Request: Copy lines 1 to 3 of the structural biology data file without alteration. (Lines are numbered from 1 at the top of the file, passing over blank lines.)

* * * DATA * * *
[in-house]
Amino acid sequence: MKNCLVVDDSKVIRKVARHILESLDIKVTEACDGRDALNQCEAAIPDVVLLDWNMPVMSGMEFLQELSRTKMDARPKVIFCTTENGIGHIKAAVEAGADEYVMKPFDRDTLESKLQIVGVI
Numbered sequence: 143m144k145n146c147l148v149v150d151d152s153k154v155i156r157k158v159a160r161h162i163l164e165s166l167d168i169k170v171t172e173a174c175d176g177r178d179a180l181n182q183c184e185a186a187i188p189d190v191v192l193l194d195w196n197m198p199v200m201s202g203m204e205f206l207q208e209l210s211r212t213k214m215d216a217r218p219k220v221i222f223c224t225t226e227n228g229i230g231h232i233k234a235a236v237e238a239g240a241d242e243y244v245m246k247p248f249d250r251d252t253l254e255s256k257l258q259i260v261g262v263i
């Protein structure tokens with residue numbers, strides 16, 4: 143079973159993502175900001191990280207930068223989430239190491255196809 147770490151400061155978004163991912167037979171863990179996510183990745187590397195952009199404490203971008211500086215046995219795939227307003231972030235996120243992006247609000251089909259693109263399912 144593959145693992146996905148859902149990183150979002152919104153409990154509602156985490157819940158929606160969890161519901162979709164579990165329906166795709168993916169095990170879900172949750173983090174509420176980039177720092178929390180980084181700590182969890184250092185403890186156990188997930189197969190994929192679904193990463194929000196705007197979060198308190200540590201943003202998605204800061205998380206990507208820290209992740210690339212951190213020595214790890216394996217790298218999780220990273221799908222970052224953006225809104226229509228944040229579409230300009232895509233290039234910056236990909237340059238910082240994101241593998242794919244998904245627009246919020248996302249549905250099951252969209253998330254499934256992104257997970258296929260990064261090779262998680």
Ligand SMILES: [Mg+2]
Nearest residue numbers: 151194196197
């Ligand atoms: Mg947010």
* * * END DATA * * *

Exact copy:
[in-house]
Amino acid sequence: MKNCLVVDDSKVIRKVARHILESLDIKVTEACDGRDALNQCEAAIPDVVLLDWNMPVMSGMEFLQELSRTKMDARPKVIFCTTENGIGHIKAAVEAGADEYVMKPFDRDTLESKLQIVGVI
Numbered sequence: 143m144k145n146c147l148v149v150d151d152s153k154v155i156r157k158v159a160r161h162i163l164e165s166l167d168i169k170v171t172e173a174c175d176g177r178d179a180l181n182q183c184e185a186a187i188p189d190v191v192l193l194d195w196n197m198p199v200m201s202g203m204e205f206l207q208e209l210s211r212t213k214m215d216a217r218p219k220v221i222f223c224t225t226e227n228g229i230g231h232i233k234a235a236v237e238a239g240a241d242e243y244v245m246k247p248f249d250r251d252t253l254e255s256k257l258q259i260v261g262v263i